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also if you are shooting handheld, the hand shake gets magnified with longer lenses. it is doable and i know some people who shoot bif with a 500mm lens with a 1.4x tc on as well, but its not easy to say the least.
- hung
I am trying my 1.5 TC just today . I agree it is less doable.

Unlike you , I am not a hardcore wildlife shooter and I am into every aspect of photography. Remember this one
http://forum.pentaxfans.net/showthread.php?t=42101

You did give me a lot of pointers though

Daniel , Toronto
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Old Oct 5, 2007, 6:35 PM   #7
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Bynx wrote:
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hahaha Lynde Shore eh? I live about 10 minutes drive from there. Visit it all the time. All the birds and animals are so tame there it really is a special place. I didnt recognize the road behind the fisherman was Bayly (Victoria). The great reflections you got are because the water is so low it was more like shiny mud.
I work 10 mintues away. Small world

At around 4 pm Friday after work, I was there. 2-3 GBH were close to the observation board walk. I only waited for in flight shots. Not much luck. But for stationary shot, not much can be improved unless I bring in my MUA (make up artist) for them. That tame.

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Old Oct 5, 2007, 11:20 PM   #8
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Daniel, if you check the HDR thread in OTHER PHOTOS last page you will see a couple of shots from Lynde Shore. One of the west side of the small bridge. The other the walkway to where you shot the Heron and Fisherman.
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Old Oct 5, 2007, 11:35 PM   #9
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Quote:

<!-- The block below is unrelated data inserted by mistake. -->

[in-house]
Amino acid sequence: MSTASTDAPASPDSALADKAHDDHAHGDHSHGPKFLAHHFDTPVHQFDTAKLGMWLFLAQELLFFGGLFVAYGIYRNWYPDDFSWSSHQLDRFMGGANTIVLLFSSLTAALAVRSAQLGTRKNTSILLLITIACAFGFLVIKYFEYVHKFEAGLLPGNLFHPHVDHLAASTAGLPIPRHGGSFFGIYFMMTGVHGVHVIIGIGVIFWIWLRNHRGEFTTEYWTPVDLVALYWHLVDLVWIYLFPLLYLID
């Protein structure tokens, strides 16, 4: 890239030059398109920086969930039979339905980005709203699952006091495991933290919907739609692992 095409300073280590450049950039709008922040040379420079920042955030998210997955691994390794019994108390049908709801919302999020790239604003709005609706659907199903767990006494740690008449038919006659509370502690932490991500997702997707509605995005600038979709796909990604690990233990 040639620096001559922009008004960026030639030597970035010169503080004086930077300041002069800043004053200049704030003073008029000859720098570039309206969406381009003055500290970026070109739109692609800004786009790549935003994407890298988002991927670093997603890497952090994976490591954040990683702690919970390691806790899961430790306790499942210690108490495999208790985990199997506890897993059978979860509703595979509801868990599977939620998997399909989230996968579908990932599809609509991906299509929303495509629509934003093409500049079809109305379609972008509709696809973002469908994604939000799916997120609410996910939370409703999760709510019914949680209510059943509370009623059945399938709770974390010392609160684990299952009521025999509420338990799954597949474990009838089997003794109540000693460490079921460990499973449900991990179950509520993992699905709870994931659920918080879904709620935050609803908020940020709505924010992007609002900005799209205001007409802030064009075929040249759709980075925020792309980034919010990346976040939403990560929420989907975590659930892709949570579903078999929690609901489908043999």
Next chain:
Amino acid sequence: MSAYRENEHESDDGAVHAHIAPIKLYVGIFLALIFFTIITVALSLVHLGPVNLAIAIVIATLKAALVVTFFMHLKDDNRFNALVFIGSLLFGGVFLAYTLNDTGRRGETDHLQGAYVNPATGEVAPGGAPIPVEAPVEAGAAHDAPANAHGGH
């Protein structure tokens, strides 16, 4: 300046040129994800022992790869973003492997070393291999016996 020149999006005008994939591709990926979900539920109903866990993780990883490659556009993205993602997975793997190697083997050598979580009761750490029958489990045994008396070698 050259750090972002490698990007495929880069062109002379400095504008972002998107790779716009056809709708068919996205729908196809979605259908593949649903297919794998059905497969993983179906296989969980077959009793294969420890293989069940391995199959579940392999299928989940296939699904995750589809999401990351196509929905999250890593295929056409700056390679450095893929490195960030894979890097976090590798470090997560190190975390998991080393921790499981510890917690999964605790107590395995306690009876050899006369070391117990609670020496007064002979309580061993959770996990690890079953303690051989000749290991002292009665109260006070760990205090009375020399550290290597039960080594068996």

Unlike you , I am not a hardcore wildlife shooter and I am into every aspect of photography. Remember this one
http://forum.pentaxfans.net/showthread.php?t=42101
Quote:

You did give me a lot of pointers though

Daniel , Toronto
That was a classic shot Daniel. Everytime I see it, it brings a smile to my face. Not only is it a charming photo, it actually reveals a deeper truth about wildlife photography. So often we bird photographers get so caught up in the need to get a longer and longer focal length lens. We believe that having a bigger lens will give us a better picture. Not always true. If we can bring the subjects closer to us, then we can still get great shots, even with a fish eye lens! :G



Here is a shot that is similar. I was out with my daughter at the local pond. We were feeding ducks when in flies this black crowned night heron. It walked right up to about 1 foot from me expecting a piece of bread! I was so shocked. Who knew a heron would take bread like a duck! Lol! I took this shot with my 50mm f1.8 lens. Not exactly a "standard" lens in the world of birding photography!

Anyways, I admire your hardwork and tenacity at shooting BIF with a manual focus lens. Not many would even attempt it. Keep it up! Looking forward to seeing more of your shots.

best regards,

- Hung


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Old Oct 6, 2007, 6:17 AM   #10
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royce10 wrote:
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That was a classic shot Daniel. Everytime I see it, it brings a smile to my face. Not only is it a charming photo, it actually reveals a deeper truth about wildlife photography. So often we bird photographers get so caught up in the need to get a longer and longer focal length lens. We believe that having a bigger lens will give us a better picture. Not always true. If we can bring the subjects closer to us, then we can still get great shots, even with a fish eye lens!* :G

Here is a shot that is similar. I was out with my daughter at the local pond. We were feeding ducks when in flies this black crowned night heron. It walked right up to about 1 foot from me expecting a piece of bread! I was so shocked. Who knew a heron would take bread like a duck! Lol! I took this shot with my 50mm f1.8 lens. Not exactly a "standard" lens in the world of birding photography!

- Hung
Wow a BCNH at such close range. I would be jumping for joy at that. My hands would be shaking too given a sight.

I think they follow a pattern. Shy birds (BCNH or WP in my case) were watching other birds being fed and they are off guard. Basically they think why not us instead of ducks or pigeons. So they came.
I recall in my case , 4 kids were swamped with chikadees asking for sunflower seeds. I was watching a few cardinals, bluejays and woodpeckers were circling in excitement and watching around. And they were ready to come down. And there came my woodpecker series. I love to do that with cardinals and bluejays. That would be precious.
Same went with your picture of BCNH as well. They need to be off guard and completely at ease for 20 minutes.
These stuff needs as much attention to details as bringing in RPG launcher lens, beamer and tripod. But just as much as fun if you can make it.

Daniel, Toronto